Thursday, July 2, 2009

The new financial center v.2

Here is a follow-up to my New York City post a few weeks ago, just focusing on a different city, Boston, MA. These are not my words, they are from a well known site Itulip, which is run by Eric Janszen. Eric begins by discussing the consumer psychology in a depression and continues into some examples that he is seeing.

"What impresses us most is how unimpressed many appear to be about the seriousness of this depression. They ask why many restaurants are still busy and why many malls are still busy, even if apparently the shoppers in them are buying less. Where are soup lines? Where is the high crime rate?

We remind them that we are only one year in to a multi-year process.

The average man or woman does not change his or her behavior until years after an economy has changed around them. No one likes change, even positive change but especially negative change. The tendency is to ignore change as long as possible, and hope it goes away and "normalcy" returns. Meanwhile, change goes on.

This depression is transforming the world around us. If you don't think so, I encourage you to take a closer look. On the surface much appears to be the same as two years ago, but under the surface much has changed and is changing, shifting relationships among friends, families, and colleagues. Changes in circumstances effect the range of choices people can make. They make different decisions than before. Different decisions produce different results. Those results impact someone else's decisions. Collections of decisions combine in unexpected ways. One of the most obvious is that consumers buy less. As they do, after a lag, they will find that they have less to buy.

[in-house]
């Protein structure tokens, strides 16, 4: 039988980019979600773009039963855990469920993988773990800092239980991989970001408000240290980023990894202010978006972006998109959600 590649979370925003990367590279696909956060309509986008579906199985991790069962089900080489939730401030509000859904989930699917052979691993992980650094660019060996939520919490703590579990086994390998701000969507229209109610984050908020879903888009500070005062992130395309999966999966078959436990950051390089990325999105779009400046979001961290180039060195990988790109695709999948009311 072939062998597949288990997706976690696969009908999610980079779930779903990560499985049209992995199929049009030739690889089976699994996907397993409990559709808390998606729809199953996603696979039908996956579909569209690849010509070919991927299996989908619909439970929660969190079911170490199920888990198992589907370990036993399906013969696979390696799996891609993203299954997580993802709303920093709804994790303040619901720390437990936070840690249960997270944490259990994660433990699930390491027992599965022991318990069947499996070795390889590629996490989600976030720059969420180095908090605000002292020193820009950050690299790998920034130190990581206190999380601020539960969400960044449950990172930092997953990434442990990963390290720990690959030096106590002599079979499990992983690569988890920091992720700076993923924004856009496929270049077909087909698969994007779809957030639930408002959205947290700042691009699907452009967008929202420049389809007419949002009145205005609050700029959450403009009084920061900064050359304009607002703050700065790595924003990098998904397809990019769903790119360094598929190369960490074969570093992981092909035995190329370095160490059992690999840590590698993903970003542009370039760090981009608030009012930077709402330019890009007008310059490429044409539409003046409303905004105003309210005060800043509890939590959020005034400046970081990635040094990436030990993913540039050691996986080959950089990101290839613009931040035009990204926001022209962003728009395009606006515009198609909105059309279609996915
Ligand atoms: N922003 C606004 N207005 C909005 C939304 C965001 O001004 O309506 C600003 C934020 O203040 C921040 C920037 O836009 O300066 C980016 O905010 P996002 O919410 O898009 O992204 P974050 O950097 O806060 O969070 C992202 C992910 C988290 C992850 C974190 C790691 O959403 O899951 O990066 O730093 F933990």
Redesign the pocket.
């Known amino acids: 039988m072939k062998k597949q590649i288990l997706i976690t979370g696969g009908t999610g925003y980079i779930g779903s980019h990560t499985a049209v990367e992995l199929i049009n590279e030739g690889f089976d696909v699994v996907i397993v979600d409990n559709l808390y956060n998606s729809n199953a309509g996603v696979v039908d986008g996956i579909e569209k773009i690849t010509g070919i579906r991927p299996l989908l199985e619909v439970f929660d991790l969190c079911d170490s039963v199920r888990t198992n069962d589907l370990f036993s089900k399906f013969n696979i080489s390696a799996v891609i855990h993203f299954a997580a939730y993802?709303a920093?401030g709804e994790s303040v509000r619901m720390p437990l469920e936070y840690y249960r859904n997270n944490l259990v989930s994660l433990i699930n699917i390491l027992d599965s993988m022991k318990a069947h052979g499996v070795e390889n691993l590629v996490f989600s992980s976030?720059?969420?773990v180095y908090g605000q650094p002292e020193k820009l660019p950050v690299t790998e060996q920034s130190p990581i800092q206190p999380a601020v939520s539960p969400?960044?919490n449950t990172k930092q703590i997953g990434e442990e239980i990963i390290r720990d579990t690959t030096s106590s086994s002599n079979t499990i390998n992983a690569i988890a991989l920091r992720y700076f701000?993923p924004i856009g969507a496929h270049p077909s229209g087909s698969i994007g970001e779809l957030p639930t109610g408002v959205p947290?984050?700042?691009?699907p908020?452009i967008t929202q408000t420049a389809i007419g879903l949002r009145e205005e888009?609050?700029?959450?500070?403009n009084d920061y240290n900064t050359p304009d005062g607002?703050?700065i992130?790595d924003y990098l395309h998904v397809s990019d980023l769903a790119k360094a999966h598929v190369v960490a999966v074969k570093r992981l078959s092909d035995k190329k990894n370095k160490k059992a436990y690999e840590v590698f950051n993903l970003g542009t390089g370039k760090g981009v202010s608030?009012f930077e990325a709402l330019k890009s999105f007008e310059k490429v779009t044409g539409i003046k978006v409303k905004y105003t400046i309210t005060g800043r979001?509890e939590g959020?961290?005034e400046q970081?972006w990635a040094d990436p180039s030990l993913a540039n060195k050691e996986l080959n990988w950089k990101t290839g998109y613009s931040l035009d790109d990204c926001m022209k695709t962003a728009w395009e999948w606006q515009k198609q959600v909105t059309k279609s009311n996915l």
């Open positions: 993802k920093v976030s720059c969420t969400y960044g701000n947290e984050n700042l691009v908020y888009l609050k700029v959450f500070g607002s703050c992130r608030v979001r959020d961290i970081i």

The Great Depression is taught in American schools as a market crash on a Monday in October 1929 with soup lines forming shortly thereafter. Blurred over are years of failed trial and error policies by politicians who desperately wanted to undo the damage caused by the preceding decade of credit excess. But as time went on, the damage that started off as abstract data on output and debt and incomes began to show up unmistakably in the physiognomy of economic depression. That itself will later to have consequences, feeding back into changes in behavior.

To get a street level view of this process, I brought my camera with me on my latest bike ride into Boston from the western suburbs where I live. On the usually pristine Minuteman Bike Trail that I ride on as far as Arlington, not seen on previous trips over the past ten years are now graffiti, piles of burned trash, groups of teenagers hanging out, and police cars parked on the side of the trail. Nothing says “things are not going well at home with Mom and Dad” like graffiti on the side of a boutique grocery store.

Riding down Newbury Street, Boston’s posh shopping district, I took 15 pictures of retailers that had gone out of business, eight of them side by side. So desirable is the location that even during the 1980s recessions a single vacant Newbury Street shop was a rare sight."

I will again come back to the idea that the U.S cities that decided to base their underlying economic strength on financial and retail sectors will have a hard time regaining their dominance. Again I ask, what will be the next great financial center of the United States?